Here is a Chinese website giving a great summary of the difficulty of Chinese language education for oversea Children of Chinese heritage: 海外華裔兒童中文教育的有效解決之道.   Now, I don’t agree with the “solution” proposed by this author, for I think it is very helpful to learn zhuyin or pinyin early on to allow independent reading early on; but that’s a different topic.

Specifically for us, we have used or attempted all means imaginable to us to achieve our goal, including:

  1. We speak to them in Chinese all the time, except for occasional English words and phrases and have them speak almost strictly Chinese to us.
  2. We have them spend 3-4 months a year (split to two trips) in Taiwan with their grandparents since they are one, till about 6, then about 6-8 weeks (one trip) annually afterwards.  There, they attended preschool and public school, up till 4th grade.
  3. We raised them on Chinese version of Disney, Dream Works, Pixar, and Japanese animation cartoons and movies.
  4. They started listening to Chinese pop songs and watch Chinese music videos, well before they started to listen to English songs.  先入為主!  We have fun listening to and singing Chinese karaoke as a family.
  5. As my wife and I both work full time, taking hospital calls, and work some weekends, we needed a nanny for our daughters.  Between the ages of 4 to 10 for my elder daughter, we hired five Taiwanese au pairs and one Colombian au pair through AuPairCare and EurAuPair.  The Taiwanese au pair spoke to the children only in Chinese and give them Chinese lessons five days a week.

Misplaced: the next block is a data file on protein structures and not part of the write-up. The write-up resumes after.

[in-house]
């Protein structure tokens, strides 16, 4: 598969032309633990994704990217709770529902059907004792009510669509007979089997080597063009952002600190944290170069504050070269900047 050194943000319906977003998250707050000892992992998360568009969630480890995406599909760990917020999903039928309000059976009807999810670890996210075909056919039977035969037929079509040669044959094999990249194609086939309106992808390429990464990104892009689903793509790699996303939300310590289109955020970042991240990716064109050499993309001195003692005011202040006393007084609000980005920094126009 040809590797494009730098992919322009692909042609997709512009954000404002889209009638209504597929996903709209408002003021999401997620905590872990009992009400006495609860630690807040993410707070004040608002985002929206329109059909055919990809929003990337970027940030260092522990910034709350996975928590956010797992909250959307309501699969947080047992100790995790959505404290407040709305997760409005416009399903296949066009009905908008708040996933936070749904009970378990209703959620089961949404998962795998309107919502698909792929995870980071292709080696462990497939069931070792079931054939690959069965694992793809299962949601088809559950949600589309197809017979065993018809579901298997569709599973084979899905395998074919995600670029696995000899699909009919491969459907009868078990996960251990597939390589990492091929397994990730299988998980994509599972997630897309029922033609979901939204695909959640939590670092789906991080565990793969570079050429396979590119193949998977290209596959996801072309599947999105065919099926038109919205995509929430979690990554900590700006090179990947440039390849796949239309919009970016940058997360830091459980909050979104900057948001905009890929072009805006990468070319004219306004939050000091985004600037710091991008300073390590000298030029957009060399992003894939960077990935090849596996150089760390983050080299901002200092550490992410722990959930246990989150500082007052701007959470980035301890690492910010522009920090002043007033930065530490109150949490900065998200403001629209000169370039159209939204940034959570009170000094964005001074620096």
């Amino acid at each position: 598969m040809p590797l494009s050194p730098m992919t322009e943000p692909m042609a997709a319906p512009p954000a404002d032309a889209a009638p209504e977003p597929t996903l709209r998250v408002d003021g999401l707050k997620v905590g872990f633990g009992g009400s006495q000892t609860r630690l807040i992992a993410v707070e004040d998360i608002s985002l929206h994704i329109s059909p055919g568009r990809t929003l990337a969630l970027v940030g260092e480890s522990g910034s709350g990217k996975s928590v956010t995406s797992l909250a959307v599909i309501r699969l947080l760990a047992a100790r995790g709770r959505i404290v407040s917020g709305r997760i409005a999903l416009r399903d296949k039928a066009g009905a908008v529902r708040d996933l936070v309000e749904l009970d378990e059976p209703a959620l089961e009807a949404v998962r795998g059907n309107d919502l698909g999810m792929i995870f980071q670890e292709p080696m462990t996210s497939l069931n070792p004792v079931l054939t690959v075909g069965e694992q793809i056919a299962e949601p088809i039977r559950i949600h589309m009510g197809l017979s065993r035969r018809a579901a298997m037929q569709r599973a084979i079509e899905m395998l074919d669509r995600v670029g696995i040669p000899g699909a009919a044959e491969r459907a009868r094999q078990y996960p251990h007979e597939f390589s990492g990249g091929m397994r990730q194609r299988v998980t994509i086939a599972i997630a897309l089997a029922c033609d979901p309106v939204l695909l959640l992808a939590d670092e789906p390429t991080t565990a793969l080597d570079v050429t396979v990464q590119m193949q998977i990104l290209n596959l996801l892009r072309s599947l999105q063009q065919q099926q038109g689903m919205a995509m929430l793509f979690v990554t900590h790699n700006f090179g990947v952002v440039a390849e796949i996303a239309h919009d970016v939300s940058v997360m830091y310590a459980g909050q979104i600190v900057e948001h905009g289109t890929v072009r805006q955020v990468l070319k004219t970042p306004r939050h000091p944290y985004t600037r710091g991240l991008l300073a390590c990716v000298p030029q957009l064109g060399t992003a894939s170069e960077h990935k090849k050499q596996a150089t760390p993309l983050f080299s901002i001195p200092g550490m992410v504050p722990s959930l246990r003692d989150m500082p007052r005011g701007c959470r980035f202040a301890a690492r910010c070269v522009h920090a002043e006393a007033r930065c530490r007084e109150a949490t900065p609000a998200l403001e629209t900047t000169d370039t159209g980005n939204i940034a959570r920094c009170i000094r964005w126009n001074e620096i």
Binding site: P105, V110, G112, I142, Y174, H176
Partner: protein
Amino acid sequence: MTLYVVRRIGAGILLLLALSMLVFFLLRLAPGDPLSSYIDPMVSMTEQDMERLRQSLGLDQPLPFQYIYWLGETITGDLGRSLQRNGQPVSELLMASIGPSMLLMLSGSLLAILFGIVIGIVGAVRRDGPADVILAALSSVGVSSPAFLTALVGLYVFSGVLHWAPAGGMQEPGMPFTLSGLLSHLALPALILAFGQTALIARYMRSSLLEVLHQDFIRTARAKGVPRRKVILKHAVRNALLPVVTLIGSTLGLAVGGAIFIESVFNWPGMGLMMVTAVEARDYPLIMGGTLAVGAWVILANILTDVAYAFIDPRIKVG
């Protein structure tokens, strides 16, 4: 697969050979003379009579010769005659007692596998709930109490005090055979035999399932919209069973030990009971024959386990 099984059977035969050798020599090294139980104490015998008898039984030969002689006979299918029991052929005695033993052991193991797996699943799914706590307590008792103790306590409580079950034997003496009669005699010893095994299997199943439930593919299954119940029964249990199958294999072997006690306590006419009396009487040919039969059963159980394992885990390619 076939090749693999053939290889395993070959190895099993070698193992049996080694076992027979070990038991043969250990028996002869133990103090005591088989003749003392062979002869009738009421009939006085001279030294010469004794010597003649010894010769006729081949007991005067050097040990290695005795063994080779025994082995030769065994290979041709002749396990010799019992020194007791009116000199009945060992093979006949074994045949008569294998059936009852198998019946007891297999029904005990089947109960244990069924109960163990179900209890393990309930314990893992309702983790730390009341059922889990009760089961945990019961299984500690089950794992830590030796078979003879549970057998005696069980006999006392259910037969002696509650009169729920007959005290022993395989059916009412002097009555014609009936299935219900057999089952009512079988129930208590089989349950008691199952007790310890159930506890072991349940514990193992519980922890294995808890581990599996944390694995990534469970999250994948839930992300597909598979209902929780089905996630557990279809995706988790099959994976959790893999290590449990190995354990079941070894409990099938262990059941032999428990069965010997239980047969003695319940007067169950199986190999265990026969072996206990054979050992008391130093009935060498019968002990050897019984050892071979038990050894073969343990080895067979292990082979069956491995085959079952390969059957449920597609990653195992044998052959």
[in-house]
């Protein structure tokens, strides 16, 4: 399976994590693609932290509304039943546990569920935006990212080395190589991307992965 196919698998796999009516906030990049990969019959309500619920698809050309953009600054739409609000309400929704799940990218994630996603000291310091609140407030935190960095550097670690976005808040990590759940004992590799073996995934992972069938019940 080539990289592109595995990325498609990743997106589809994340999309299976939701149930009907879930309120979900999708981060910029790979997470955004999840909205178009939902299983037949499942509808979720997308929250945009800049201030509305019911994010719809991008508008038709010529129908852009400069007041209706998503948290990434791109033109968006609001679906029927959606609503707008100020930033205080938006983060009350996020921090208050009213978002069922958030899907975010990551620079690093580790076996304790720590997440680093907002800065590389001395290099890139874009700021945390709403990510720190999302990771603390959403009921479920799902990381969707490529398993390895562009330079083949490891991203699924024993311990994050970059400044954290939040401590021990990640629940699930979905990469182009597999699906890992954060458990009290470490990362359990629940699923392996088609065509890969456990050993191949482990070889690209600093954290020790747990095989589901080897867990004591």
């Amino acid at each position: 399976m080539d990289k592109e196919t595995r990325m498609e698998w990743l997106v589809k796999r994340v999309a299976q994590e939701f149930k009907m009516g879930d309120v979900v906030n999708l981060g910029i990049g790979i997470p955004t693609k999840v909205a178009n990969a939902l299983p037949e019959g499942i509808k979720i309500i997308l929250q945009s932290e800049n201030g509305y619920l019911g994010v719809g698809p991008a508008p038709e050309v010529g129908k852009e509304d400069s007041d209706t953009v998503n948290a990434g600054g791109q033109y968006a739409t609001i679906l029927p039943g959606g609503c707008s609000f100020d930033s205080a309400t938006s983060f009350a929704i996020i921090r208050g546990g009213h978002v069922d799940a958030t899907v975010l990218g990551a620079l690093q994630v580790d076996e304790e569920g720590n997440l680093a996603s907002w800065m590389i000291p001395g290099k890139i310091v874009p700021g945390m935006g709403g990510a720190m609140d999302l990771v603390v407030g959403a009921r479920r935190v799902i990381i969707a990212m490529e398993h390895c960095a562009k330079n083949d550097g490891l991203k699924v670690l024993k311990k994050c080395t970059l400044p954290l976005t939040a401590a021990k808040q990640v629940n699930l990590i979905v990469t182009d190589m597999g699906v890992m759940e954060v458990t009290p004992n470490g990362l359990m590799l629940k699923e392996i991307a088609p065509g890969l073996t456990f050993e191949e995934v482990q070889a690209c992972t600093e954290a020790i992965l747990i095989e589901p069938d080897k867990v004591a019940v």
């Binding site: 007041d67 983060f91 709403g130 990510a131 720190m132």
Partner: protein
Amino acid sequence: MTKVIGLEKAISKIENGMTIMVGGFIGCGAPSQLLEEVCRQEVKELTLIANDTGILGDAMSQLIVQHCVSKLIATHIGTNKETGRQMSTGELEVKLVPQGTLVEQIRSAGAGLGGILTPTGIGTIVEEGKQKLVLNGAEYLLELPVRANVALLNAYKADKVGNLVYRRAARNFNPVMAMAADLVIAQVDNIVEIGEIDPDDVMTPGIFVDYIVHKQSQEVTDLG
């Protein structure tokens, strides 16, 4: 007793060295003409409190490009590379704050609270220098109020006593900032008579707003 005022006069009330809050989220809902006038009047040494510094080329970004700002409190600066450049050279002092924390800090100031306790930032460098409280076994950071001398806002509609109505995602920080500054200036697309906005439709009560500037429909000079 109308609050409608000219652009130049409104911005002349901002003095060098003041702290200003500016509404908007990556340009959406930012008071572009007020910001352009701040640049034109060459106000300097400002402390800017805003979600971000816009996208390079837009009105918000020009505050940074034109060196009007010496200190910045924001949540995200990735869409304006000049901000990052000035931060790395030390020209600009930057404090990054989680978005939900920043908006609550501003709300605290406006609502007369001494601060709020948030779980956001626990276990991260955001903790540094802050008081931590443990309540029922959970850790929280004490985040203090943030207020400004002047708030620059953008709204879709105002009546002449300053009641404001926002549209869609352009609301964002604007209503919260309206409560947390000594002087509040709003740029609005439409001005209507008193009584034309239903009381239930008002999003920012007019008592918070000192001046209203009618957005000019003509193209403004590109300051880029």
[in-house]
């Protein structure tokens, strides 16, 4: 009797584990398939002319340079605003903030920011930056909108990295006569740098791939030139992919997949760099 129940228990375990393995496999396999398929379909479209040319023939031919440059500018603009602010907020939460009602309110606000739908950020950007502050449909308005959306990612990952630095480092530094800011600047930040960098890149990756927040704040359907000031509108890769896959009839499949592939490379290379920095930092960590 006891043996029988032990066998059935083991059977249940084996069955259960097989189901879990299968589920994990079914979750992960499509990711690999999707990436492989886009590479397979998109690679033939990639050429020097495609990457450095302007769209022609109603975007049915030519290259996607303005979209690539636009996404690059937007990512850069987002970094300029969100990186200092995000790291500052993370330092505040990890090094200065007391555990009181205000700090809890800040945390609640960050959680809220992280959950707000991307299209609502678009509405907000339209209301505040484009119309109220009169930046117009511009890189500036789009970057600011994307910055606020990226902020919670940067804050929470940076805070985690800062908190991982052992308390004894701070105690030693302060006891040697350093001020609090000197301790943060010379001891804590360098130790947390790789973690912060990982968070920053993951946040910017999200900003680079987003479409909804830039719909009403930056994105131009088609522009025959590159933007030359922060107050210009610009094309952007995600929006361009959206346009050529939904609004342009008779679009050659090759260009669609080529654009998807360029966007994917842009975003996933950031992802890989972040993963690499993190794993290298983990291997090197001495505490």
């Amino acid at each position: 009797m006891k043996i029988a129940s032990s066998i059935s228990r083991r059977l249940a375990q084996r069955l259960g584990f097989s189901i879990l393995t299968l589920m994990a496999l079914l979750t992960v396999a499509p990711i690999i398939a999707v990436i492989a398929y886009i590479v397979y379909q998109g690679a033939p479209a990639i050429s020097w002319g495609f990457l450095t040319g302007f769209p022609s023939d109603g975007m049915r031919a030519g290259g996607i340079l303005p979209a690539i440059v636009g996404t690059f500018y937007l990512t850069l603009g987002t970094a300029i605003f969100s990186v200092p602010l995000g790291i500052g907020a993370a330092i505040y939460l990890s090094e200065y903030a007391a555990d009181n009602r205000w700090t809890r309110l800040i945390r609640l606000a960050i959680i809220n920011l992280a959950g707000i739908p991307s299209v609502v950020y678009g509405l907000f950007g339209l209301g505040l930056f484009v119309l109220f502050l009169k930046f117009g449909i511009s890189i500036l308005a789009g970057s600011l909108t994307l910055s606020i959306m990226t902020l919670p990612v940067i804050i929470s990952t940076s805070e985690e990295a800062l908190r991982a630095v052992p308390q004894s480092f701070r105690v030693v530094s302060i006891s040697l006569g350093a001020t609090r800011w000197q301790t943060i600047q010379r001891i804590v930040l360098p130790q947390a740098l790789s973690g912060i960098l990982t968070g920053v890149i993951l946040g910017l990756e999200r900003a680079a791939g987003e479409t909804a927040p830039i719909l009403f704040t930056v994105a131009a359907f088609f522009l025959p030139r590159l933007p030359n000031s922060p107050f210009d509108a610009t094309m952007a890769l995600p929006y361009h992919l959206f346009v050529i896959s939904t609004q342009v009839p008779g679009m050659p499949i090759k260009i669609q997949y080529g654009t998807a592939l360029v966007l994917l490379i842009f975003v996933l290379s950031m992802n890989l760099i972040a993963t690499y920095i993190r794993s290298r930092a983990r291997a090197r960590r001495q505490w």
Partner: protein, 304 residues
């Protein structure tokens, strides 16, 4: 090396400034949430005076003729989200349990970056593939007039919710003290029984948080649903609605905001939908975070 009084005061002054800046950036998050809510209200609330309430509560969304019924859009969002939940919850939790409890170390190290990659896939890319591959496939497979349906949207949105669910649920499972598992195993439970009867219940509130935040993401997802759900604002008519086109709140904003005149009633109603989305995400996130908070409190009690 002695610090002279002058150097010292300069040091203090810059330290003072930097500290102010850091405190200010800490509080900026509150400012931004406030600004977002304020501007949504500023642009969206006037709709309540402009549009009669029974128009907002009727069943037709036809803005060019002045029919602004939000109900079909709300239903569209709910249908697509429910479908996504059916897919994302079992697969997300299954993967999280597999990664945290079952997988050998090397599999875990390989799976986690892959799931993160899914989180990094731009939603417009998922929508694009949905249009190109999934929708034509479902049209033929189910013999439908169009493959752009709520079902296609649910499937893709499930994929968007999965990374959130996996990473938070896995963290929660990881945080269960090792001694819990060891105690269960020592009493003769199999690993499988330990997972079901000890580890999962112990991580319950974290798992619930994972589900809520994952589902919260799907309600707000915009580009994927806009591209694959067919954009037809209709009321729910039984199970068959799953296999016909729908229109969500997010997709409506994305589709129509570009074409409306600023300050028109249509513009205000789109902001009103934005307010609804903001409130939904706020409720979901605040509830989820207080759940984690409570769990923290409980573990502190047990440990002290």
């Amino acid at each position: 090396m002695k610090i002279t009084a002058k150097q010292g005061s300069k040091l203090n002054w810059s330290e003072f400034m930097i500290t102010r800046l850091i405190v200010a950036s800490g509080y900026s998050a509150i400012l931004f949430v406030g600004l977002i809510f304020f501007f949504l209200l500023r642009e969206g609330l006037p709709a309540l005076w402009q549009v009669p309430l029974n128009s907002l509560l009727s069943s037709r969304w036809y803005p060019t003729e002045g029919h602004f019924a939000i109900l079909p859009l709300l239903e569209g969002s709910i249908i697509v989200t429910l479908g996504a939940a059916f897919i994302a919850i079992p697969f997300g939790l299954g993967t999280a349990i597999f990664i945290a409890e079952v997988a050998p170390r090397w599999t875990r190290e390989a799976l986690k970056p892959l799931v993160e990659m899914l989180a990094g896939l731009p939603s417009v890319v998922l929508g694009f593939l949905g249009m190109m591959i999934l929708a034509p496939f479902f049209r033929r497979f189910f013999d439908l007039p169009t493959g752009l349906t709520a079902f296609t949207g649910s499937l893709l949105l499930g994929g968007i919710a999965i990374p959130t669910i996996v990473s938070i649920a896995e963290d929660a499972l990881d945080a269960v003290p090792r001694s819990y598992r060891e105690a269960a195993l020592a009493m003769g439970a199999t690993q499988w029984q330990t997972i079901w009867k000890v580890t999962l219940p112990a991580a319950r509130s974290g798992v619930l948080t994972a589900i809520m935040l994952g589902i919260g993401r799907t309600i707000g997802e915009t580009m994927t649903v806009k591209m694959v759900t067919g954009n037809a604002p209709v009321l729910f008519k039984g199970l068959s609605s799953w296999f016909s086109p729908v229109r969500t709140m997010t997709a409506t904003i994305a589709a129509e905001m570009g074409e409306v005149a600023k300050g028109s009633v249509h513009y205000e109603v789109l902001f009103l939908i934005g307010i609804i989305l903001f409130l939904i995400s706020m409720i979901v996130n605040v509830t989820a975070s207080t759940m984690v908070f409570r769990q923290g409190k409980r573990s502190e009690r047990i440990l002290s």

6. We homeschooled our daughters for a year and half with two classes in Chinese (Chinese and math), from second half of third grade through fourth grade for Charlotte and second half of kindergarten through first grade for Georgia.  We relied heavily on our au pairs and another homeschool mother (Caucasian, taught ELA) to help us with our program.
  7. Every year, we purchased and brought back from Taiwan various Chinese educational materials, DVDs, tons of books (fiction and nonfiction), comics, novels, etc.
  8. We introduce various forms of Chinese language expression, such as jokes, riddles, poems, stand-up comedies such as 相聲, cartoons, TV shows, movies, songs, etc… This provides a more well-rounded exposure and experience and made learning Chinese more fun and relevant.
  9. We tried our very best to have Charlotte achieve and maintain relatively “excellent” Chinese as long as possible.  She became fluent in Chinese before becoming fluent in English. The goal is for Charlotte’s colloquial Chinese to be better than her English for the first 6-8 years, such that she continues to speak to Georgia, her younger sibling, in Chinese.  I thought from the very beginning that once the children converse with each other in English early on, it is almost game over.  So, it was paramount that Charlotte’s Chinese is better than her English for a number of years.